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NATO Is Getting Ready to Defend Turkey From Russia

After recent Russian violations of Turkish airspace, the alliance's Secretary-General said today that "NATO is ready and able to defend all allies, including Turkey, against any threats."
October 8, 2015, 10:05am
Photo via EPA

NATO said today it was prepared to deploy troops in Turkey to defend its ally after violations of Turkish airspace by Russian jets bombing Syria, and Britain scolded Moscow for escalating a civil war that has already killed 250,000 people.

"NATO is ready and able to defend all allies, including Turkey, against any threats," Secretary-General Jens Stoltenberg told reporters as he arrived for the meeting of defense ministers in Brussels.

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Meanwhile, the US State Department claimed that a huge percentage of Moscow's attacks were not striking Islamic State (IS) targets but hitting moderate rebel groups opposed to Syrian President Bashar al-Assad instead.

"Greater than 90 percent of the strikes that we've seen them take to date have not been against ISIL [an alternative acronym for IS] or al Qaeda-affiliated terrorists," said state department spokesman John Kirby. "They've been largely against opposition groups that want a better future for Syria and don't want to see the Assad regime stay in power."

Related: Meet the Colonel in Charge of Countering Russian Propaganda in Lithuania

Syrian troops and allied militia backed by the Russian air strikes attacked rebels in the Ghab Plain in western Syria on Thursday, and the army chief said a major offensive was underway to recapture territory from insurgents.

The rebel advance into the Ghab region nearly two months ago had threatened the coastal region vital to Assad's control of western Syria and catalyzed Russia's intervention on his side last week.

Ground forces targeted insurgent-held areas with heavy barrages of surface-to-surface missiles as Russian jets bombed from above, the Britain-based Syrian Observatory for Human Rights and a rebel fighting there said.

Syrian armed forces "have launched wide-ranging attacks to deal with the terrorist groups, and to liberate the areas which had suffered from the terrorist rule and crimes," Lt. Gen. Ali Abdullah Ayoub was quoted as saying by state media.

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Officials at NATO are still smarting from Russia's weekend incursions into Turkey's airspace near northern Syria, however, and defense ministers are meeting in Brussels today with the agenda likely to be dominated by the Syria crisis.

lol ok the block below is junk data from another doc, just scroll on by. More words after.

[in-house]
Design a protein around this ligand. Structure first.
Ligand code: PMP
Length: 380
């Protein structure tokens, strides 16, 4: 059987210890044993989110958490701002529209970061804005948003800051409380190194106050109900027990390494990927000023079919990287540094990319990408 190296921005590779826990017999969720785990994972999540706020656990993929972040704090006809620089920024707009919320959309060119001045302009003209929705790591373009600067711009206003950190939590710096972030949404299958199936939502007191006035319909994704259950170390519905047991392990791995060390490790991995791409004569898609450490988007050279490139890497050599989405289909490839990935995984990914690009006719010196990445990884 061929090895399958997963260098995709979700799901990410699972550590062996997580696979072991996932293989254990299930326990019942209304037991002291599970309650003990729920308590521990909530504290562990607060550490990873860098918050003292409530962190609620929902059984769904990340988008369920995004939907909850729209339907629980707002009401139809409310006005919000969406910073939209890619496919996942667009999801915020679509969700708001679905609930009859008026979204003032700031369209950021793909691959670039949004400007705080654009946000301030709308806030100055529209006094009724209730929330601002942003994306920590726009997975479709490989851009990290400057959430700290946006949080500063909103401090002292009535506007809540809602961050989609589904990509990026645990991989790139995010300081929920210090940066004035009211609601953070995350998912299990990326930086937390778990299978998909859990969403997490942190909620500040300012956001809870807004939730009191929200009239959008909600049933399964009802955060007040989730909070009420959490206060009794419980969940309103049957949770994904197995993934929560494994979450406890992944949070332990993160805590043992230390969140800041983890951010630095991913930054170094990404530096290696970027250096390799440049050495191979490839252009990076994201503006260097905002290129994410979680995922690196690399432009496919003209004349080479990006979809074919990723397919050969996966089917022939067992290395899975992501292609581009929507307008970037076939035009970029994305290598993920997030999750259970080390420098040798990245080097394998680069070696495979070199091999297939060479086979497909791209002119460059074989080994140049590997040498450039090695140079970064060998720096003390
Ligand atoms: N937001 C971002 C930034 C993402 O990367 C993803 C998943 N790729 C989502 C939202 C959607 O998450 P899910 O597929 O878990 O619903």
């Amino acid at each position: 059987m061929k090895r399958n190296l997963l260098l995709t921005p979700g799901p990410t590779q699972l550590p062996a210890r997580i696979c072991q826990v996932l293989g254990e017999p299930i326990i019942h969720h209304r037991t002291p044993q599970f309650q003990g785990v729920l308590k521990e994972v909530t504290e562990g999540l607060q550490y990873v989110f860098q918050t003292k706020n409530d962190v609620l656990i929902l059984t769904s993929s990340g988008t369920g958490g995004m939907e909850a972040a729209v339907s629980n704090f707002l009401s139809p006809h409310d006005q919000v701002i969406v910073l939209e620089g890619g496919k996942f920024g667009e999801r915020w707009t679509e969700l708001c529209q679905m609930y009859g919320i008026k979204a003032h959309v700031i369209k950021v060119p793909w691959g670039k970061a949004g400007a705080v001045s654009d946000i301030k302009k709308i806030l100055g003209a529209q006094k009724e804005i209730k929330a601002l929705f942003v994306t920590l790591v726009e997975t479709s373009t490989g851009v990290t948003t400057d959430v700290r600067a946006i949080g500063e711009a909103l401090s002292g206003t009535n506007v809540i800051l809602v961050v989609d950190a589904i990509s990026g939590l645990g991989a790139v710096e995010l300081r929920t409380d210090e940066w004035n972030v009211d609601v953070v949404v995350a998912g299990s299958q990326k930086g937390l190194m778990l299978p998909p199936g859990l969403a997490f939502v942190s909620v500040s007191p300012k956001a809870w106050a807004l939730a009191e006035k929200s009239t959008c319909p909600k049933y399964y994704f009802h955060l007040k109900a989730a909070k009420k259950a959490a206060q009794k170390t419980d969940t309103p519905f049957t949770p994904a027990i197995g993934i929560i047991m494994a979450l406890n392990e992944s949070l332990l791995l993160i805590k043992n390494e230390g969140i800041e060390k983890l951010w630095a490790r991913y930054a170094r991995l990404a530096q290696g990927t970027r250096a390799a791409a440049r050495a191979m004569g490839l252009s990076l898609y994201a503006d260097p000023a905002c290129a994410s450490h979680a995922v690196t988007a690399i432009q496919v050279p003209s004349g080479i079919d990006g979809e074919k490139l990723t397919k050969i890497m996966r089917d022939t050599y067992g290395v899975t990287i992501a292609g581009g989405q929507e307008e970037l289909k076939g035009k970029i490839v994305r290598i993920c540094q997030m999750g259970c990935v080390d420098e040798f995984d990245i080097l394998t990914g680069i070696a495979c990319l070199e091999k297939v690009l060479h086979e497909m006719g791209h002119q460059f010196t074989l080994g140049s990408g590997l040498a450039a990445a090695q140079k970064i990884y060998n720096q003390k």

"NATO has already responded by increasing our capacity, our ability, our preparedness to deploy forces including to the south, including in Turkey," said Stoltenberg, noting that Russia's air and cruise missile strikes were "reasons for concern".

As Russian and US planes fly combat missions over the same country for the first time since World War II, NATO is eager to avoid any international escalation of the Syrian conflict that has unexpectedly turned the alliance's attention away from Ukraine following Russia's annexation of Crimea last year.

The incursions of two Russian fighters in Turkish airspace on Saturday and Sunday has brought the Syria conflict right up to NATO's borders, testing the alliance's ability to deter a newly assertive Russia without seeking direct confrontation.

While the United States has ruled out military cooperation with Russia in Syria, NATO defense ministers will discuss how to encourage Russia to help resolve the crisis, betting that Moscow also wants to avoid being bogged down in a long conflict.

Related: US Plan for Eastern Europe Is 'Not Provocative,' Says NATO Head — Yet Moscow Disagrees

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"There has to be a political solution, a transition," Stoltenberg said.

"Russia is making a very serious situation in Syria much more dangerous," Britain's defense minister, Michael Fallon said, calling on Moscow to use its influence on Syrian President Bashar al-Assad to stop bombing civilians.

France and Britain, NATO's two main European powers, are understood to be willing to see the alliance use its new 5,000-strong rapid reaction force beyond NATO borders, potentially helping stabilize post-conflict governments in Libya or Syria.

"We need to agree a long-term approach to Russia. But NATO needs a strategy to its south," Britain's envoy to NATO, Adam Thomson, said on the eve of the meeting.

"The world is changing and NATO needs to develop the ability to react to many things at once," he said.

Other nations, including Poland and the Baltics, want a permanent NATO presence on their territory to act as a credible deterrent to any further effort by Russian President Vladimir Putin to gain influence in former Soviet states.

Fallon underscored the balancing act, saying that Britain would send some troops to Poland and the Baltics for training, as NATO opens small new command posts in eastern Europe.

"That is part of our policy of more persistent presence on the eastern side of NATO to respond to any further Russian provocation and aggression," he said.

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